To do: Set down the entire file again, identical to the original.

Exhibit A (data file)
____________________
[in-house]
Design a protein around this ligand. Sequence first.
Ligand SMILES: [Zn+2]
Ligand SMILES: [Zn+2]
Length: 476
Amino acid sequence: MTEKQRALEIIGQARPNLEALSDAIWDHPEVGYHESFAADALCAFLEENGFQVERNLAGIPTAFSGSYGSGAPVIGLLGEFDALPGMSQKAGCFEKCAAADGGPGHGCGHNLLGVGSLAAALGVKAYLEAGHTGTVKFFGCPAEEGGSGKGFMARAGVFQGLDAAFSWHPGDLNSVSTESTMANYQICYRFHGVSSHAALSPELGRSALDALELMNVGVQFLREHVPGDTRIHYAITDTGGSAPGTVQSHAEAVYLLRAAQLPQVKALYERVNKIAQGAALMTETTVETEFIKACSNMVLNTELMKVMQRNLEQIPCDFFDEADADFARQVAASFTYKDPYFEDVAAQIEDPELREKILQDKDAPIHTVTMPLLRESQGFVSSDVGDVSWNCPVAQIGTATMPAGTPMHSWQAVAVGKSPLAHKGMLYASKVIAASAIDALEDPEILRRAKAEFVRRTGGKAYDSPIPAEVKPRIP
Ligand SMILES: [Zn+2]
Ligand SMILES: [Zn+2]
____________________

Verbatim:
[in-house]
Design a protein around this ligand. Sequence first.
Ligand SMILES: [Zn+2]
Ligand SMILES: [Zn+2]
Length: 476
Amino acid sequence: MTEKQRALEIIGQARPNLEALSDAIWDHPEVGYHESFAADALCAFLEENGFQVERNLAGIPTAFSGSYGSGAPVIGLLGEFDALPGMSQKAGCFEKCAAADGGPGHGCGHNLLGVGSLAAALGVKAYLEAGHTGTVKFFGCPAEEGGSGKGFMARAGVFQGLDAAFSWHPGDLNSVSTESTMANYQICYRFHGVSSHAALSPELGRSALDALELMNVGVQFLREHVPGDTRIHYAITDTGGSAPGTVQSHAEAVYLLRAAQLPQVKALYERVNKIAQGAALMTETTVETEFIKACSNMVLNTELMKVMQRNLEQIPCDFFDEADADFARQVAASFTYKDPYFEDVAAQIEDPELREKILQDKDAPIHTVTMPLLRESQGFVSSDVGDVSWNCPVAQIGTATMPAGTPMHSWQAVAVGKSPLAHKGMLYASKVIAASAIDALEDPEILRRAKAEFVRRTGGKAYDSPIPAEVKPRIP
Ligand SMILES: [Zn+2]
Ligand SMILES: [Zn+2]